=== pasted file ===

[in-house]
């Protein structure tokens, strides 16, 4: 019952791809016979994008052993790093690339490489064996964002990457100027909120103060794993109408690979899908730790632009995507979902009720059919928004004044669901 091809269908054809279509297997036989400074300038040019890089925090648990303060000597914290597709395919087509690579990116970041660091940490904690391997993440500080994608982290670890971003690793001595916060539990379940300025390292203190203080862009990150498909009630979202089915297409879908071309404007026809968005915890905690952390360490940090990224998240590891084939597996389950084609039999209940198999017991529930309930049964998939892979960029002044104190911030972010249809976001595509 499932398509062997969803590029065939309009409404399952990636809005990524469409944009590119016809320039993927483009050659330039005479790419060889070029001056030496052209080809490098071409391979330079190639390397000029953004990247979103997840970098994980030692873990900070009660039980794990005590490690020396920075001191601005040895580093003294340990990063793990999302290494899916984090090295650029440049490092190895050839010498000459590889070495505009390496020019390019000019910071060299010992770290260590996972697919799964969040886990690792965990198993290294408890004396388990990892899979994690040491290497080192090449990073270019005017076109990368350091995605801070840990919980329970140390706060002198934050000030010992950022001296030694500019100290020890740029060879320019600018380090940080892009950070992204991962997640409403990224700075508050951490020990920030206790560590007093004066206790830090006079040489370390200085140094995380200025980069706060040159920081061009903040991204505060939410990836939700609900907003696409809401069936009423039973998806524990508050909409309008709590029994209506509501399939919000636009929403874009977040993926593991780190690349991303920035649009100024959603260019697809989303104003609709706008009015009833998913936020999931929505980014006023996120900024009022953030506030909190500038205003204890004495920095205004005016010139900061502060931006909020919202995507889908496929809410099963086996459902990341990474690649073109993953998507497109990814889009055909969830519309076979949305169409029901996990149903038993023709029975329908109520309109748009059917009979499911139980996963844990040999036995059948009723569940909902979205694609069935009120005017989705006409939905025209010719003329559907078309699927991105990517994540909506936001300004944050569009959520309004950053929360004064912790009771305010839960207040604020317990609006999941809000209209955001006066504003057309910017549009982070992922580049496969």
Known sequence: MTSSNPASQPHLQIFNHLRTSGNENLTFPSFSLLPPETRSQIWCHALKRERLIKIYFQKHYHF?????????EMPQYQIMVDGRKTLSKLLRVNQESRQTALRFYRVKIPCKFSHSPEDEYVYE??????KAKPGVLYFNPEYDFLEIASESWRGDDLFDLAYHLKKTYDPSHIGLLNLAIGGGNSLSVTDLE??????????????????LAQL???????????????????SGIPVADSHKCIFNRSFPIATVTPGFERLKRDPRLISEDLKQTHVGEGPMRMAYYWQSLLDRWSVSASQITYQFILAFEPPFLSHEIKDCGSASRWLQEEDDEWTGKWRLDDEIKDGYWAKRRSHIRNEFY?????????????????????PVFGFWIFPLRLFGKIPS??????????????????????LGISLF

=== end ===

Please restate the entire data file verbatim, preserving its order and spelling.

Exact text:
[in-house]
């Protein structure tokens, strides 16, 4: 019952791809016979994008052993790093690339490489064996964002990457100027909120103060794993109408690979899908730790632009995507979902009720059919928004004044669901 091809269908054809279509297997036989400074300038040019890089925090648990303060000597914290597709395919087509690579990116970041660091940490904690391997993440500080994608982290670890971003690793001595916060539990379940300025390292203190203080862009990150498909009630979202089915297409879908071309404007026809968005915890905690952390360490940090990224998240590891084939597996389950084609039999209940198999017991529930309930049964998939892979960029002044104190911030972010249809976001595509 499932398509062997969803590029065939309009409404399952990636809005990524469409944009590119016809320039993927483009050659330039005479790419060889070029001056030496052209080809490098071409391979330079190639390397000029953004990247979103997840970098994980030692873990900070009660039980794990005590490690020396920075001191601005040895580093003294340990990063793990999302290494899916984090090295650029440049490092190895050839010498000459590889070495505009390496020019390019000019910071060299010992770290260590996972697919799964969040886990690792965990198993290294408890004396388990990892899979994690040491290497080192090449990073270019005017076109990368350091995605801070840990919980329970140390706060002198934050000030010992950022001296030694500019100290020890740029060879320019600018380090940080892009950070992204991962997640409403990224700075508050951490020990920030206790560590007093004066206790830090006079040489370390200085140094995380200025980069706060040159920081061009903040991204505060939410990836939700609900907003696409809401069936009423039973998806524990508050909409309008709590029994209506509501399939919000636009929403874009977040993926593991780190690349991303920035649009100024959603260019697809989303104003609709706008009015009833998913936020999931929505980014006023996120900024009022953030506030909190500038205003204890004495920095205004005016010139900061502060931006909020919202995507889908496929809410099963086996459902990341990474690649073109993953998507497109990814889009055909969830519309076979949305169409029901996990149903038993023709029975329908109520309109748009059917009979499911139980996963844990040999036995059948009723569940909902979205694609069935009120005017989705006409939905025209010719003329559907078309699927991105990517994540909506936001300004944050569009959520309004950053929360004064912790009771305010839960207040604020317990609006999941809000209209955001006066504003057309910017549009982070992922580049496969």
Known sequence: MTSSNPASQPHLQIFNHLRTSGNENLTFPSFSLLPPETRSQIWCHALKRERLIKIYFQKHYHF?????????EMPQYQIMVDGRKTLSKLLRVNQESRQTALRFYRVKIPCKFSHSPEDEYVYE??????KAKPGVLYFNPEYDFLEIASESWRGDDLFDLAYHLKKTYDPSHIGLLNLAIGGGNSLSVTDLE??????????????????LAQL???????????????????SGIPVADSHKCIFNRSFPIATVTPGFERLKRDPRLISEDLKQTHVGEGPMRMAYYWQSLLDRWSVSASQITYQFILAFEPPFLSHEIKDCGSASRWLQEEDDEWTGKWRLDDEIKDGYWAKRRSHIRNEFY?????????????????????PVFGFWIFPLRLFGKIPS??????????????????????LGISLF